By Alexandra Burlacu | Mar 18, 2013 10:12 AM EDT
Google seems to be readying an Evernote rival, as an intriguing Google Keep note-taking app made a brief and likely unintended appearance Sunday.
Google Keep went live for less than half an hour, but it was enough to make an impression and in some screenshots before disappearing.
Android Police spotted the new app on Sunday, March 17, at http://drive.google.com/keep/, but Google quickly moved to fix its mishap and remove the app. Trying to access the link now will only retrieve a 404 error message. A Google spokesman declined to comment on the matter.
In recent years, Google moved to streamline the company by cleaning out a clutter of old projects and nixing several services in the process, including the recent Google Reader removal. At the same time, the Internet giant is still working on new projects and plans to fill some of that void left by the cleanup. Now, it seems that Google accidentally revealed its plans to re-enter the note-taking space. Did someone hit the wrong button and send Google Keep live by accident?
Google Keep appears to offer users lists of notes, allowing them to color-code the note, make checklists, save pictures, or send notes to the bottom of the list by archiving them. Users can view their notes both in list and thumbnail views. Google also threw in a search bar to enable users to easily search within their notes.
As Android Police points out, Google Keep is very similar to late Google Notebook. Google killed off its Notebook app back in July 2012 and transferred all data to Google Drive, which is where Google Keep seems to be headed.
The idea behind Google Keep does not seem new, as Google revealed the app's existence in a screenshot on an official Google+ blog post in July 2012, again allegedly by accident.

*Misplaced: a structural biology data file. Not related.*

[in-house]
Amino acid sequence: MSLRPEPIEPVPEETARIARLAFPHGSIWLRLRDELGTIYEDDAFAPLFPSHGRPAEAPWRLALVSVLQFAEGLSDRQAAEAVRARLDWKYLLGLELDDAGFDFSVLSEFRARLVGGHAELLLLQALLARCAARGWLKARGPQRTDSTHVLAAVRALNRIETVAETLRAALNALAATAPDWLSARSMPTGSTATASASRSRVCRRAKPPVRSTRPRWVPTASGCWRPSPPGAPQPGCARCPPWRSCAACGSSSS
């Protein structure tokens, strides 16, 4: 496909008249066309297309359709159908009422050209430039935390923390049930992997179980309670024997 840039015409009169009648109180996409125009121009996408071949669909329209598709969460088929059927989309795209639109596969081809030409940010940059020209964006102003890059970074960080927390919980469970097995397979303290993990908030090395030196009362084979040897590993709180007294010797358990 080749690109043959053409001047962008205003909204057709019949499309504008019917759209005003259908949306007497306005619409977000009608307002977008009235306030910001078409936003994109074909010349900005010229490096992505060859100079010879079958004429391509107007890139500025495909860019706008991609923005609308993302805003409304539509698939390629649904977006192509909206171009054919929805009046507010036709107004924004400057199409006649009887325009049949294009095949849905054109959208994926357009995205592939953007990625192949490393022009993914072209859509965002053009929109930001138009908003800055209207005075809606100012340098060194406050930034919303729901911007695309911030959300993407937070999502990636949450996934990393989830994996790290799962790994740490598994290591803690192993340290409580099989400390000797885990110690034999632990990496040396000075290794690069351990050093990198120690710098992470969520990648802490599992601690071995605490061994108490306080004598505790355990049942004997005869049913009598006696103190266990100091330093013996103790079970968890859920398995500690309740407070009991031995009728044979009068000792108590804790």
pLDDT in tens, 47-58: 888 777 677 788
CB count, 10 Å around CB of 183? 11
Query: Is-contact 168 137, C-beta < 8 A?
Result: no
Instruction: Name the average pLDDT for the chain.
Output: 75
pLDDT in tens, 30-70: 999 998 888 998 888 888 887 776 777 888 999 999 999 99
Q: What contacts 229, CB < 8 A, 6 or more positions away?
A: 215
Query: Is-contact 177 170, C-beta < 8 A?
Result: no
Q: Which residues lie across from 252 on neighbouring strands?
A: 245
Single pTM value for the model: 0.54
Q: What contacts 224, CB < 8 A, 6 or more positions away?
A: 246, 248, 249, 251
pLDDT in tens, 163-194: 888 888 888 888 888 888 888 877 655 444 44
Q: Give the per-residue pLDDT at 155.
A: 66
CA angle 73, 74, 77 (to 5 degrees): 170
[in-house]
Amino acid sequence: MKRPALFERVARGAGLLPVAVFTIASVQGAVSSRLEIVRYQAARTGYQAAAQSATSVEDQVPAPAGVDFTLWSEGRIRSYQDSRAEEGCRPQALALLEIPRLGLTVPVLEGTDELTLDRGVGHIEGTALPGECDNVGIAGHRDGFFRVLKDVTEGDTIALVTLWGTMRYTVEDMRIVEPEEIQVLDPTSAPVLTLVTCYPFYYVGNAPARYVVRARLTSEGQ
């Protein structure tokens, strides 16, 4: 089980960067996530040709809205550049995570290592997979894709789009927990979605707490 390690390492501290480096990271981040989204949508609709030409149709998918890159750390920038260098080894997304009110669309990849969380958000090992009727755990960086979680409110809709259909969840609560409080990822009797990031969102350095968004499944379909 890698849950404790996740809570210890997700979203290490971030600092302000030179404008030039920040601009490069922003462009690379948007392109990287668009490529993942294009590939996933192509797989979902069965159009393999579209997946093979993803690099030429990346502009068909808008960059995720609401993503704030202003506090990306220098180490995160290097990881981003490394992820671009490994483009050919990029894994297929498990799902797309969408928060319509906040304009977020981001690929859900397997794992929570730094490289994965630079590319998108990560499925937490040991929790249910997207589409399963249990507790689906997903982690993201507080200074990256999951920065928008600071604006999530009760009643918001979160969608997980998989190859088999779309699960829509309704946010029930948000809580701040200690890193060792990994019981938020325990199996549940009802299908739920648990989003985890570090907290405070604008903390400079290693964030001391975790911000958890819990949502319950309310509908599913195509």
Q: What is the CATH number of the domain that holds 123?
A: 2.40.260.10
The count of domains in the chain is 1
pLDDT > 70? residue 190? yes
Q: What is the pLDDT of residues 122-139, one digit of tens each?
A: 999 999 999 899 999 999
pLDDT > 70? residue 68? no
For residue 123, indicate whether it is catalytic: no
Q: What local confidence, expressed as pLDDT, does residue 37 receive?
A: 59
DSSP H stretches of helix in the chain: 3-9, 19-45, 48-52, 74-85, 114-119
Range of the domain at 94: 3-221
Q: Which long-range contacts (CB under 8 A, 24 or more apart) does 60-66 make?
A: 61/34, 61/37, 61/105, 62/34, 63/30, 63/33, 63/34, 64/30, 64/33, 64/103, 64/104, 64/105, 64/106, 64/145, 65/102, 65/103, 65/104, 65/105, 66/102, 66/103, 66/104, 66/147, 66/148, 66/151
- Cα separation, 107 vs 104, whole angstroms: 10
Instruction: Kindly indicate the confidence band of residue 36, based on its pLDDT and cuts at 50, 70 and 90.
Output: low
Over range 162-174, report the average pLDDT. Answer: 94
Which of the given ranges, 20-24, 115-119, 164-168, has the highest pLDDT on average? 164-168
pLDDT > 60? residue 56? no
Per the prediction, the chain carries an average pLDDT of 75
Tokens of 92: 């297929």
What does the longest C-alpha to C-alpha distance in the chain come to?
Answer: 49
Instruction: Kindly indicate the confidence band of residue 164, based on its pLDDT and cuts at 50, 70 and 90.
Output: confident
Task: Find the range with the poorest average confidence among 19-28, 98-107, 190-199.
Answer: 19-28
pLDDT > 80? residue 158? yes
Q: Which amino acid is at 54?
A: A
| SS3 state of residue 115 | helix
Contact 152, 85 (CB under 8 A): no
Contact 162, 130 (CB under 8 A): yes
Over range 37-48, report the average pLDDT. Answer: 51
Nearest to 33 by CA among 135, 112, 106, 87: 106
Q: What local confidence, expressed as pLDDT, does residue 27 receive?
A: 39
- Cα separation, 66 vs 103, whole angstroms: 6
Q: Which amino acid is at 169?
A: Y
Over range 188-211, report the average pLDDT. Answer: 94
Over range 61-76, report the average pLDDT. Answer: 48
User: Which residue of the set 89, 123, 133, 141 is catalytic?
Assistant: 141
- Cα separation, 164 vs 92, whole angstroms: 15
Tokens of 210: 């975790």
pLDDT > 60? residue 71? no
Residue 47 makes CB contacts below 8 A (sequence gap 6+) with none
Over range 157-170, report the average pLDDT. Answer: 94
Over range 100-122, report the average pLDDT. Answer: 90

All accidents and coincidences aside, it makes sense for Google to offer a note-taking app, especially as note-taking seems to be a hot and profitable trend these days. Evernote, for instance, raised a $70 million Series D round of funding at a $1 billion valuation last May. It has an impressive customer base of at least 48 million users and in the past four years Evernote saw its revenue triple year-to-year.
It would be surprising if Google didn't want a slice of that pie, especially since the Internet giant already has some advantages, including an army of already popular and established products and, of course, its powerful Google brand. Google could grab some of that note-taking market share simply by integrating its Keep app into its already established products such as Gmail, Google Now, Google+, Google Calendar and its mobile apps.
When Google Keep eventually goes live to stay, it will compete with other note-taking services such as Evernote, Pocket and Onenote. The accidental leak may mean the app is ready to make its debut soon.
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